What does Proverbs 1:30 mean?
ESV: would have none of my counsel and despised all my reproof,
NIV: Since they would not accept my advice and spurned my rebuke,
NASB: They did not accept my advice, They disdainfully rejected every rebuke from me.
CSB: were not interested in my counsel, and rejected all my correction,
NLT: They rejected my advice and paid no attention when I corrected them.
KJV: They would none of my counsel: they despised all my reproof.
NKJV: They would have none of my counsel And despised my every rebuke.
Verse Commentary:
Here, the depths of our rejection of wisdom is explored. Solomon has described wisdom as a woman in a crowded, public place, shouting out for everyone to hear. The only way to avoid hearing her words is to purposefully ignore them. In other words, ignorance is always a choice, in one sense or another. God gives us enough to begin our search (Romans 1:18–20), and promises to give us what we need when we seek Him (Matthew 7:7).

When we refuse to listen to wisdom, or refuse to start with the "fear of the Lord," it is as if wisdom was dead to us. We ignore her as if she was not even there. We pass by her and follow foolish pursuits. We fall into the trap of sin. Even those who know Christ as their Savior are still subject to the consequences of their choices. Cause and effect still apply, and the best way to avoid the risks of chance is to take advice coming from a godly perspective.
Verse Context:
Proverbs 1:20–33 concludes the first chapter of Proverbs with the dire consequences of the behaviors defined in the previous section. Also, in this segment is the first personification of wisdom as a female. Throughout Proverbs, Solomon likens wisdom to a woman crying out. The theme is that she is not hiding but is out in the open for all to hear, even though she often goes overlooked.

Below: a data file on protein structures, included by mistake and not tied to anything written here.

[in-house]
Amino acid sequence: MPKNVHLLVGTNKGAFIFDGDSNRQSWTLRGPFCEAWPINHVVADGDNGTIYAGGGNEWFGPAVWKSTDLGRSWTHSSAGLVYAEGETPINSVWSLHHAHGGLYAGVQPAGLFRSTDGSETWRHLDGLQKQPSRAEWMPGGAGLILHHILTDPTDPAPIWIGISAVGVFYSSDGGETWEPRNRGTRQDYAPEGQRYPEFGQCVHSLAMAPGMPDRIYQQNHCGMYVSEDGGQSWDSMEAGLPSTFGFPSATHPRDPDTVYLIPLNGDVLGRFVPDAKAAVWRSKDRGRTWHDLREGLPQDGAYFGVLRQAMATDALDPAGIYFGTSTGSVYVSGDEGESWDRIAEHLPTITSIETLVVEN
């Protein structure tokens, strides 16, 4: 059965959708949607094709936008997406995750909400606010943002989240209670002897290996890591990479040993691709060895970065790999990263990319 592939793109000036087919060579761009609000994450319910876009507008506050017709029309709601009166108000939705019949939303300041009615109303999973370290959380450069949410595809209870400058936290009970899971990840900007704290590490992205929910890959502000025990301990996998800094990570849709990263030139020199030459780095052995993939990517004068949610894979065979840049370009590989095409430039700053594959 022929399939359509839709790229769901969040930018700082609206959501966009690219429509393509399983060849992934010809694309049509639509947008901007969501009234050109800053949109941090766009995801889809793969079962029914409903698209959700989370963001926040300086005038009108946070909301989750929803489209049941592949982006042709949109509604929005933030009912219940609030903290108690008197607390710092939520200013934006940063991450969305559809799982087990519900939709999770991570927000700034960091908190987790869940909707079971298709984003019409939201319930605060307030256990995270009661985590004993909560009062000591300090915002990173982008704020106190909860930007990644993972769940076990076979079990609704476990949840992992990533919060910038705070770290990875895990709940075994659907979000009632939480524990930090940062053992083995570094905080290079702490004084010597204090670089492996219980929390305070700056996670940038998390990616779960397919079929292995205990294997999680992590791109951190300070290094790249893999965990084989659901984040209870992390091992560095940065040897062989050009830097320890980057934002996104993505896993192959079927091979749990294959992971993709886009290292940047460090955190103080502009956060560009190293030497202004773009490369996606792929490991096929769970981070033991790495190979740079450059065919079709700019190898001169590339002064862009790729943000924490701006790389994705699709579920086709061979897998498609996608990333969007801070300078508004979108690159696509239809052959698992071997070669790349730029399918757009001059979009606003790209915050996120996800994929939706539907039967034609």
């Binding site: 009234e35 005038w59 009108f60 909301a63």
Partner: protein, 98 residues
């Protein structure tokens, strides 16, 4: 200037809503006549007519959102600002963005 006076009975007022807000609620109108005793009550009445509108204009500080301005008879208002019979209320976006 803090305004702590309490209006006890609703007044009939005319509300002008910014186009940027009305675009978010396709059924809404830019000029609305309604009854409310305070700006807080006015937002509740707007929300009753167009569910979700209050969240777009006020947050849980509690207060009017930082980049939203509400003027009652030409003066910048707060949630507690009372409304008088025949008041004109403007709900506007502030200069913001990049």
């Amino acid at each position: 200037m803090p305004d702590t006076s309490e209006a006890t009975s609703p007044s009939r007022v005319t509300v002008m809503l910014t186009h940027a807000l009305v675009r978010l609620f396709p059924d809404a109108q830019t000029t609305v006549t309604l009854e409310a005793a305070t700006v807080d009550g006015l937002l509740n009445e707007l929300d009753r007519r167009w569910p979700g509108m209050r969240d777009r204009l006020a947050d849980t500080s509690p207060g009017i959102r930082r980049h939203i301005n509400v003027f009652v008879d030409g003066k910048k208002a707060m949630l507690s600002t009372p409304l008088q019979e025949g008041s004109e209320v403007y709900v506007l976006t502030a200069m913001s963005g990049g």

Chapter Summary:
Proverbs Chapter 1 provides a clear description of the purpose of the book. It is stated plainly who wrote the book, the lineage of Solomon, and to whom he was writing. Solomon gives four distinct purpose statements in the opening verses. The essence of these is to explain why he is writing the book as well as the source of his inspiration. Solomon concludes with a warning against sinfulness and a personal plea for his children to act wisely.
Chapter Context:
Proverbs Chapter 1 is clearly born out of Solomon’s life history. Solomon held himself back from no earthly pleasure, he had everything he could ever desire, and in the end he saw the foolishness of his actions. Chapter 1 is Solomon’s reflection on his own life, how he had all the wisdom of God available to him, and yet chose to follow after foolish desires. Other chapters detail the advice which this experience allows Solomon to give.
Book Summary:
Proverbs is best understood in context with the books of Ecclesiastes and Job. In Proverbs, “wisdom” is given in short, simple, general terms. Ecclesiastes represents wisdom based on observation and experience. This often shows how the general principles of the book of Proverbs don’t apply in absolutely every circumstance. Job represents wisdom based on the experience of suffering and injustice. All three come to the conclusion that God does indeed know best, and the most sensible course of action is to follow His will.
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